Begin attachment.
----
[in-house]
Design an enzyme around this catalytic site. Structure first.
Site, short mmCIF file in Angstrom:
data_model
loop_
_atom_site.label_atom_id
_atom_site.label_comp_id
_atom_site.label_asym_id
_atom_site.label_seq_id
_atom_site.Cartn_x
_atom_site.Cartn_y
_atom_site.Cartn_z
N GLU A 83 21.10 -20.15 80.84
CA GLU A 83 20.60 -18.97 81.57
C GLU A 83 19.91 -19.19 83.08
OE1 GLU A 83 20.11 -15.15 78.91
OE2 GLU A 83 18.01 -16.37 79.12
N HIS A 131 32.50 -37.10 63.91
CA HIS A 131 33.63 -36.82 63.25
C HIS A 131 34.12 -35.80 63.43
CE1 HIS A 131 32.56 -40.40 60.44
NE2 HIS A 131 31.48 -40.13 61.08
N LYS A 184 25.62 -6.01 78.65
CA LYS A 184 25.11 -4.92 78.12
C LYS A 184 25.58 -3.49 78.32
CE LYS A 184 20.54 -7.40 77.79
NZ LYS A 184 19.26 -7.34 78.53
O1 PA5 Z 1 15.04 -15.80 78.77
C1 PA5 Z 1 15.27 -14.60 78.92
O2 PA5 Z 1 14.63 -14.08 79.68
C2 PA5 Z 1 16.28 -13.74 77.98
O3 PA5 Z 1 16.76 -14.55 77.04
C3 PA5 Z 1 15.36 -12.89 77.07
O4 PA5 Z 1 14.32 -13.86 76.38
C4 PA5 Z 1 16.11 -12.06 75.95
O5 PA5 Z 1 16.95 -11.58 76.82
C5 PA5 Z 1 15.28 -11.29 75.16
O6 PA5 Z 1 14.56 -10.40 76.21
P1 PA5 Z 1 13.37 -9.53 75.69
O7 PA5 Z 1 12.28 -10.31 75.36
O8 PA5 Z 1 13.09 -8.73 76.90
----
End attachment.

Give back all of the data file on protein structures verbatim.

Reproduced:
[in-house]
Design an enzyme around this catalytic site. Structure first.
Site, short mmCIF file in Angstrom:
data_model
loop_
_atom_site.label_atom_id
_atom_site.label_comp_id
_atom_site.label_asym_id
_atom_site.label_seq_id
_atom_site.Cartn_x
_atom_site.Cartn_y
_atom_site.Cartn_z
N GLU A 83 21.10 -20.15 80.84
CA GLU A 83 20.60 -18.97 81.57
C GLU A 83 19.91 -19.19 83.08
OE1 GLU A 83 20.11 -15.15 78.91
OE2 GLU A 83 18.01 -16.37 79.12
N HIS A 131 32.50 -37.10 63.91
CA HIS A 131 33.63 -36.82 63.25
C HIS A 131 34.12 -35.80 63.43
CE1 HIS A 131 32.56 -40.40 60.44
NE2 HIS A 131 31.48 -40.13 61.08
N LYS A 184 25.62 -6.01 78.65
CA LYS A 184 25.11 -4.92 78.12
C LYS A 184 25.58 -3.49 78.32
CE LYS A 184 20.54 -7.40 77.79
NZ LYS A 184 19.26 -7.34 78.53
O1 PA5 Z 1 15.04 -15.80 78.77
C1 PA5 Z 1 15.27 -14.60 78.92
O2 PA5 Z 1 14.63 -14.08 79.68
C2 PA5 Z 1 16.28 -13.74 77.98
O3 PA5 Z 1 16.76 -14.55 77.04
C3 PA5 Z 1 15.36 -12.89 77.07
O4 PA5 Z 1 14.32 -13.86 76.38
C4 PA5 Z 1 16.11 -12.06 75.95
O5 PA5 Z 1 16.95 -11.58 76.82
C5 PA5 Z 1 15.28 -11.29 75.16
O6 PA5 Z 1 14.56 -10.40 76.21
P1 PA5 Z 1 13.37 -9.53 75.69
O7 PA5 Z 1 12.28 -10.31 75.36
O8 PA5 Z 1 13.09 -8.73 76.90